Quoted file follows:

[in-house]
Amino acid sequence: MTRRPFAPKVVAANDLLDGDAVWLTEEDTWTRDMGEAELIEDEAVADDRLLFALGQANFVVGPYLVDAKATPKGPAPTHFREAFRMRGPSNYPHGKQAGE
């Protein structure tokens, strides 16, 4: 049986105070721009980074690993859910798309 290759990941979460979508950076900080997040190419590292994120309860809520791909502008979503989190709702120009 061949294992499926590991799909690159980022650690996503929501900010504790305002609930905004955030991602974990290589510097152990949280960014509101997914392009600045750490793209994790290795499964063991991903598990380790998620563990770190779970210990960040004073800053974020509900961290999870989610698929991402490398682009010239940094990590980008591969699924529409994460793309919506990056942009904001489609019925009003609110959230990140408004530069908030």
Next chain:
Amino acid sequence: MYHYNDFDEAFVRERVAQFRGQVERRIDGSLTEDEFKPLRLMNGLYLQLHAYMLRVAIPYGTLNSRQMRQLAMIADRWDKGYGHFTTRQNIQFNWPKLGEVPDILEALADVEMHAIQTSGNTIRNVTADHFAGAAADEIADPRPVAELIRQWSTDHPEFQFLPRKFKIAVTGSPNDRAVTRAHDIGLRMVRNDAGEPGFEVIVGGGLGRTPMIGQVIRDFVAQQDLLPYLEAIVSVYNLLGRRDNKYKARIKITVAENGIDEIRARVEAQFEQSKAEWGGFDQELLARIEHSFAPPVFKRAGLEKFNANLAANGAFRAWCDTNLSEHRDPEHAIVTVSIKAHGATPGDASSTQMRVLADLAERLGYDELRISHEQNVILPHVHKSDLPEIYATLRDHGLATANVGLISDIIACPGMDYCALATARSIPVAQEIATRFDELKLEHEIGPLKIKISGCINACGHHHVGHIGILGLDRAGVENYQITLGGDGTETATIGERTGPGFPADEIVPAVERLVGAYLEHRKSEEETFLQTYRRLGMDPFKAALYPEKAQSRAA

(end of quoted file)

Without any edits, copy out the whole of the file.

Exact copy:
[in-house]
Amino acid sequence: MTRRPFAPKVVAANDLLDGDAVWLTEEDTWTRDMGEAELIEDEAVADDRLLFALGQANFVVGPYLVDAKATPKGPAPTHFREAFRMRGPSNYPHGKQAGE
């Protein structure tokens, strides 16, 4: 049986105070721009980074690993859910798309 290759990941979460979508950076900080997040190419590292994120309860809520791909502008979503989190709702120009 061949294992499926590991799909690159980022650690996503929501900010504790305002609930905004955030991602974990290589510097152990949280960014509101997914392009600045750490793209994790290795499964063991991903598990380790998620563990770190779970210990960040004073800053974020509900961290999870989610698929991402490398682009010239940094990590980008591969699924529409994460793309919506990056942009904001489609019925009003609110959230990140408004530069908030």
Next chain:
Amino acid sequence: MYHYNDFDEAFVRERVAQFRGQVERRIDGSLTEDEFKPLRLMNGLYLQLHAYMLRVAIPYGTLNSRQMRQLAMIADRWDKGYGHFTTRQNIQFNWPKLGEVPDILEALADVEMHAIQTSGNTIRNVTADHFAGAAADEIADPRPVAELIRQWSTDHPEFQFLPRKFKIAVTGSPNDRAVTRAHDIGLRMVRNDAGEPGFEVIVGGGLGRTPMIGQVIRDFVAQQDLLPYLEAIVSVYNLLGRRDNKYKARIKITVAENGIDEIRARVEAQFEQSKAEWGGFDQELLARIEHSFAPPVFKRAGLEKFNANLAANGAFRAWCDTNLSEHRDPEHAIVTVSIKAHGATPGDASSTQMRVLADLAERLGYDELRISHEQNVILPHVHKSDLPEIYATLRDHGLATANVGLISDIIACPGMDYCALATARSIPVAQEIATRFDELKLEHEIGPLKIKISGCINACGHHHVGHIGILGLDRAGVENYQITLGGDGTETATIGERTGPGFPADEIVPAVERLVGAYLEHRKSEEETFLQTYRRLGMDPFKAALYPEKAQSRAA